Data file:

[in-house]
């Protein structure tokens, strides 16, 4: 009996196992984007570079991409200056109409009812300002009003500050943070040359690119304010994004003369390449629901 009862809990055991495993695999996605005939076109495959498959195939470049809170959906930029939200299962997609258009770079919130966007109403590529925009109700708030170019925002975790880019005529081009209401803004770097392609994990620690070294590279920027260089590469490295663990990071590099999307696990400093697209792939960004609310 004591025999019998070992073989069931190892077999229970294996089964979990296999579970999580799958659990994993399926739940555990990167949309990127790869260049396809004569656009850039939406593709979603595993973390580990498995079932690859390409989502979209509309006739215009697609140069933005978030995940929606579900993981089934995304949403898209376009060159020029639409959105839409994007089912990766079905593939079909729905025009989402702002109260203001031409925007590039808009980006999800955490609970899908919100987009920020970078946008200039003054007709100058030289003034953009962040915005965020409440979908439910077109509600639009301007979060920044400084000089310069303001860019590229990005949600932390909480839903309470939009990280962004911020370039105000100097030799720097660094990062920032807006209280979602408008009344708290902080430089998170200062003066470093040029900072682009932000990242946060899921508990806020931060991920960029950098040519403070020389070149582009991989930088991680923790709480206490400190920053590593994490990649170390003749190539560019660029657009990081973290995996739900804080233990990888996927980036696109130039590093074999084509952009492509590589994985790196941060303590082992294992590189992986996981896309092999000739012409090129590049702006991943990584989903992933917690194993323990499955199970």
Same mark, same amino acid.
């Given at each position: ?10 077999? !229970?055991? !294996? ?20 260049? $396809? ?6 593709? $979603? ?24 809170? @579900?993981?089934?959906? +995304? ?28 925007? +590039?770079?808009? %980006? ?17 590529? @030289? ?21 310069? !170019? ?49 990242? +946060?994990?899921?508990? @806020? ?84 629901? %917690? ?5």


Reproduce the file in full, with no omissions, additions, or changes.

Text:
[in-house]
């Protein structure tokens, strides 16, 4: 009996196992984007570079991409200056109409009812300002009003500050943070040359690119304010994004003369390449629901 009862809990055991495993695999996605005939076109495959498959195939470049809170959906930029939200299962997609258009770079919130966007109403590529925009109700708030170019925002975790880019005529081009209401803004770097392609994990620690070294590279920027260089590469490295663990990071590099999307696990400093697209792939960004609310 004591025999019998070992073989069931190892077999229970294996089964979990296999579970999580799958659990994993399926739940555990990167949309990127790869260049396809004569656009850039939406593709979603595993973390580990498995079932690859390409989502979209509309006739215009697609140069933005978030995940929606579900993981089934995304949403898209376009060159020029639409959105839409994007089912990766079905593939079909729905025009989402702002109260203001031409925007590039808009980006999800955490609970899908919100987009920020970078946008200039003054007709100058030289003034953009962040915005965020409440979908439910077109509600639009301007979060920044400084000089310069303001860019590229990005949600932390909480839903309470939009990280962004911020370039105000100097030799720097660094990062920032807006209280979602408008009344708290902080430089998170200062003066470093040029900072682009932000990242946060899921508990806020931060991920960029950098040519403070020389070149582009991989930088991680923790709480206490400190920053590593994490990649170390003749190539560019660029657009990081973290995996739900804080233990990888996927980036696109130039590093074999084509952009492509590589994985790196941060303590082992294992590189992986996981896309092999000739012409090129590049702006991943990584989903992933917690194993323990499955199970």
Same mark, same amino acid.
């Given at each position: ?10 077999? !229970?055991? !294996? ?20 260049? $396809? ?6 593709? $979603? ?24 809170? @579900?993981?089934?959906? +995304? ?28 925007? +590039?770079?808009? %980006? ?17 590529? @030289? ?21 310069? !170019? ?49 990242? +946060?994990?899921?508990? @806020? ?84 629901? %917690? ?5």